Sweaty and smells of fish – Nell McAndrew at Swindon Festival of Literature

5 May

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It’s not an admission you’d expect from the 16th Sexiest Woman In the World (FHM Magazine, 2003) but if you meet Nell McAndrew in the school playground, chances are she’ll be sweaty and smell slightly of mackerel.

The original Lara Croft, Tomb Raider – she was the face of the arcade game franchise three years before Angelina Jolie claimed the ponytail in the movie spin-off – and the fourth most popular contestant in the first series of I’m a Celebrity Get Me Out of Here, Nell was at Lydiard Park to talk about her new book, Nell McAndrew’s Guide to Running.

For those who wanted to spend an hour in her company, though, there was an initiation ceremony in the form of a ‘gentle’ 5k run through the Park. Gentle is a subjective word, of course, and the majority of the audience were lycra-clad fitties (men and women) from the weekly Swindon Parkrun, rather than computer game fanatics who had clung on to their copies of FHM far longer than is probably advisable *raises hand in acknowledgement*.

The star turn would have delighted both, however. Nell McAndrew the runner is passionate about her sport, while Nell McAndrew the model – “I’m trying to,” she says, stroking her laughter lines with her finger when host Matt Holland asks her if she still considers herself a model. “Mature model perhaps” – is still every bit as glamorous.

What surprises us all, I guess, is how down-to-earth she is, in that way that Yorkshire folk tend to be.

It didn’t bother her to stand up in front of a (admittedly equally) sweaty crowd straight after a five kilometre run. And she admitted to being more at ease with the festival audience than a TV one. “I get nervous in front of the cameras. This has been great,” she said.

Besides running, Nell’s other passion is children. She has two – a son, Devon, who is eight and a daughter, Anya, who has just turned two – and she kept running throughout pregnancy: in the case of her first baby until seven months.

She worries that children don’t get outside enough. “There should be more sport in schools,” she says. “There’s too much time spent sitting in the classroom when they could be outside. It gets you into the habit, then it’s not so scary when you are older.” Devon, she admits, is bribed to join her on runs with chocolate Digestives.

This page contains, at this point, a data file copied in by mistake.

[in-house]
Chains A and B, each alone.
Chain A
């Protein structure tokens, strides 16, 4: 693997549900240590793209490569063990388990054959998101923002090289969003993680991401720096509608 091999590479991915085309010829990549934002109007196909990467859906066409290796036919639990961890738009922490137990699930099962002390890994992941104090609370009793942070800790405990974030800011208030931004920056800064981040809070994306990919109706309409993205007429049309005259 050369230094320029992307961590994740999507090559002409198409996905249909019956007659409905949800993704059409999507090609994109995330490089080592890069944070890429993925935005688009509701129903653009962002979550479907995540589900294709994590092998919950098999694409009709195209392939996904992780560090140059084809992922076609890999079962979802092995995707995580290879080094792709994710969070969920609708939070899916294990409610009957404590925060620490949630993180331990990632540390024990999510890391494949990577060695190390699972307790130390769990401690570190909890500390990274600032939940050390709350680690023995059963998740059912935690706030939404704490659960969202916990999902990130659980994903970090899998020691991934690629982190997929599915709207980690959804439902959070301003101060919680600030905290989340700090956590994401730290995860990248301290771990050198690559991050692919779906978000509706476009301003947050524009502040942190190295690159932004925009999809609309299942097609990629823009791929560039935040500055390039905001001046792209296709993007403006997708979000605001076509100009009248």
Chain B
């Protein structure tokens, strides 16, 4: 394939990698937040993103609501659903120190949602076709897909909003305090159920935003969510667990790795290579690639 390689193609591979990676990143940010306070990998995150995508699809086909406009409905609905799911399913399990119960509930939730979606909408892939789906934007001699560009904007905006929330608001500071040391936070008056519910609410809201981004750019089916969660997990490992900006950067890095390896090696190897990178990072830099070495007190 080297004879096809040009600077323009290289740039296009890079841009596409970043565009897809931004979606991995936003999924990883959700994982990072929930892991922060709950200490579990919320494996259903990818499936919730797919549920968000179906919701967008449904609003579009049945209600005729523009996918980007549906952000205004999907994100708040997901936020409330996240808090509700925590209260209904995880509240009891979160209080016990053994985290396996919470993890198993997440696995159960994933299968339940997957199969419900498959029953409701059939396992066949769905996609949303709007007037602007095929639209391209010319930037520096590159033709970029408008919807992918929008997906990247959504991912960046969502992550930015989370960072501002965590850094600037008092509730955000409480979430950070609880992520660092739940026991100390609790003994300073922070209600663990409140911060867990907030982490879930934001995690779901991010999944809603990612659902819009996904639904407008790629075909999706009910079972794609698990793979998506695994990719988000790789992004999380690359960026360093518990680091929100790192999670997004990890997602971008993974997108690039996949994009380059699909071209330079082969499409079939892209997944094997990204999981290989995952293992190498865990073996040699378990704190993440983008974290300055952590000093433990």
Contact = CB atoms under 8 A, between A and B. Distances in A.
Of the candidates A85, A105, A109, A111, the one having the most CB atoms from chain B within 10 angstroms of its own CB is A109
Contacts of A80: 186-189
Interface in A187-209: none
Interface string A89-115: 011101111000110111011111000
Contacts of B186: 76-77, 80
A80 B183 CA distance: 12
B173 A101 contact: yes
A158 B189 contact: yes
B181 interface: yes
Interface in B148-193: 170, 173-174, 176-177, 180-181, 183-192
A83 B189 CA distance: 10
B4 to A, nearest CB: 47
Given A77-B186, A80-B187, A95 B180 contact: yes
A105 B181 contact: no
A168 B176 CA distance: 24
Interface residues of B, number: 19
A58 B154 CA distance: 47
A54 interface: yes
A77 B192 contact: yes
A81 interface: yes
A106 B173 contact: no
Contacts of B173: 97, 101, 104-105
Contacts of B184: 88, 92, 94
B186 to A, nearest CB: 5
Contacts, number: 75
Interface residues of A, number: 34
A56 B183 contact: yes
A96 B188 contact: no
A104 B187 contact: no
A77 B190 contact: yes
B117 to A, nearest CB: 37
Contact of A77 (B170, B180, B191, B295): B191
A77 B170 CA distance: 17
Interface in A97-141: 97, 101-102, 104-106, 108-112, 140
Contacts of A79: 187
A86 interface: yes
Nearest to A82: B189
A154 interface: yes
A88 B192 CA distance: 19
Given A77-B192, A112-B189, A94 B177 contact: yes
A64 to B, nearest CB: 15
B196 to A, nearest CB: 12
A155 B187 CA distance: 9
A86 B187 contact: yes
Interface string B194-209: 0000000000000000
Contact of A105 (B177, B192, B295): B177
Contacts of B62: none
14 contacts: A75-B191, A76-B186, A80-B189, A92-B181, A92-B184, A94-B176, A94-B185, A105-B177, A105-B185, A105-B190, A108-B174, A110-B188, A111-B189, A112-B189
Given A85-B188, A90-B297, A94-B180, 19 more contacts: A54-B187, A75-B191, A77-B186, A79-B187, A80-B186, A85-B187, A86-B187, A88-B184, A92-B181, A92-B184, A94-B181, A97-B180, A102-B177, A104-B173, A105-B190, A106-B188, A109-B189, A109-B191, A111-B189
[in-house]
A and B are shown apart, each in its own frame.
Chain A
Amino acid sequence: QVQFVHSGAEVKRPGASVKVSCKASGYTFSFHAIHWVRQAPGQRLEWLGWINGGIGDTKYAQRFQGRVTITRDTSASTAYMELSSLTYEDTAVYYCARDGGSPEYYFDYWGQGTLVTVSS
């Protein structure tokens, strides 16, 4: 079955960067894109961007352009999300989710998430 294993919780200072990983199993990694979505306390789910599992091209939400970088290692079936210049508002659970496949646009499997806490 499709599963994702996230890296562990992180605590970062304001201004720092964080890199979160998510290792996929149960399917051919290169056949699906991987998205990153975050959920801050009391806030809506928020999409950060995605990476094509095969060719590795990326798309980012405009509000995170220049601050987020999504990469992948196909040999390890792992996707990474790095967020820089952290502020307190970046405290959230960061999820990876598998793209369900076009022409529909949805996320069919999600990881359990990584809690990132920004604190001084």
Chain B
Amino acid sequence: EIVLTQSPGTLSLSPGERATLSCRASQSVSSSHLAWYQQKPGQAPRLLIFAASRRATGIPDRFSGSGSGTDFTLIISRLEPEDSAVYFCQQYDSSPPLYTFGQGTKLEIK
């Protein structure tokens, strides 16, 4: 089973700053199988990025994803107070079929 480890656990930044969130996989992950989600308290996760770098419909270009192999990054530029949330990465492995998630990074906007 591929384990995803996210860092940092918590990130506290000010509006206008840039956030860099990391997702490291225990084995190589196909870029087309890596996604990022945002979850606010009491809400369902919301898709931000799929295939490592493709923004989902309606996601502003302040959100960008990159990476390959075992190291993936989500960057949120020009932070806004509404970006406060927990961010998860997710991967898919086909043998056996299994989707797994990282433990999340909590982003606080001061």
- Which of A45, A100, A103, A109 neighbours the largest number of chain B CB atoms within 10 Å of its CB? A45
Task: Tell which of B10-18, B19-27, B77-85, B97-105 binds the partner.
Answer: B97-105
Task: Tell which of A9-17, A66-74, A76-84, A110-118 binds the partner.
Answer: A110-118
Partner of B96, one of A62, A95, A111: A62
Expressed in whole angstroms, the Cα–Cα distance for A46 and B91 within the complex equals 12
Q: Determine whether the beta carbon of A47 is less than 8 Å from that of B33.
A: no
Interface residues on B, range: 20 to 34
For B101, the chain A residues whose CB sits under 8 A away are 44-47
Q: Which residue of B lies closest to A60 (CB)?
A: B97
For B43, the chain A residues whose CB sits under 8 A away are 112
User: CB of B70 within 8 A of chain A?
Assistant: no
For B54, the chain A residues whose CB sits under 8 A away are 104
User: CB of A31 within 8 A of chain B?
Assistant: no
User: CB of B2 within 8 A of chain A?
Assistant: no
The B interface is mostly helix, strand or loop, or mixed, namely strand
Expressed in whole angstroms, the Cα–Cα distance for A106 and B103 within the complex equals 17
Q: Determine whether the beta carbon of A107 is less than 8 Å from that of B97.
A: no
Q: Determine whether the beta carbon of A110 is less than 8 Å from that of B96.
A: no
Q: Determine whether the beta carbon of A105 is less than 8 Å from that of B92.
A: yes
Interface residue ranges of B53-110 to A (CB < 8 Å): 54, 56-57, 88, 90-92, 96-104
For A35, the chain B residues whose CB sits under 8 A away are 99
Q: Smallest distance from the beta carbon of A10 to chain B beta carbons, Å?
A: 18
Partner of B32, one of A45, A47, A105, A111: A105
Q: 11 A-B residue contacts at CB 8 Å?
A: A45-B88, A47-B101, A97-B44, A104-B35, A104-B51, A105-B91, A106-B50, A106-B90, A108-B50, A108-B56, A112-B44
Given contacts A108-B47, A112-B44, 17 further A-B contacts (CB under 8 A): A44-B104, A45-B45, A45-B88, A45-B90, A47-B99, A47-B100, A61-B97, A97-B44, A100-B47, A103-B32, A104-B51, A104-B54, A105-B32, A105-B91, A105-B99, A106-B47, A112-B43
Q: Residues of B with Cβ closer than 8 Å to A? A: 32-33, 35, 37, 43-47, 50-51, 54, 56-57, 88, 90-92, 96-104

Nell says she started running as a coping mechanism – partly as a way with dealing with the stresses of motherhood. And once you’ve had a baby, she says, the thought of running a marathon does not seem so daunting.

At her own school she played netball and did athletics, but never seriously competitively, which is a pity, because her London Marathon personal best – a laudable 2hrs 54 mins – made her eligible for Elite runner status in future competitions. Had things been different, she might have been “athlete Nell McAndrew”.

She made the move from gym running machines to the pavements by joining the Thames Valley Harriers. “I was very nervous,” she admits, “but everyone was so friendly, and wanted to talk about running, and trainers, and kit.”

Her aim now is to prove you can get faster as you get older. “I’m 41,” she says. “By the time I’m 50 I want to have run a marathon in under two hours fifty. I’ve still got a lot of life left in me.”

The book, says Matt Holland, is a ‘rock and roll read’. Nell says she’s tried to make it accessible – something you can dip into whatever stage of running you’re at.

The event wraps up with some questions from the audience. She tells one runner that the key to a personal best is to crank up the mileage – up to 100 miles a week. As a busy mum, she fits in training by running to school with the buggy. And to stave off the urge to feast (it’s a thing, apparently, judging by the knowing mmm’s from the audience) she advises snacking on something healthy within the first half hour after finishing a run: dark chocolate, oat biscuits, tinned fish…

“I take a couple of tins of mackerel with me, and you’ll often find me in the corner of the school playground eating them. They’re cheap and full of protein, but they’re not good for your breath…”

Words by Peter Davison. Photos by Calyx Pictures.

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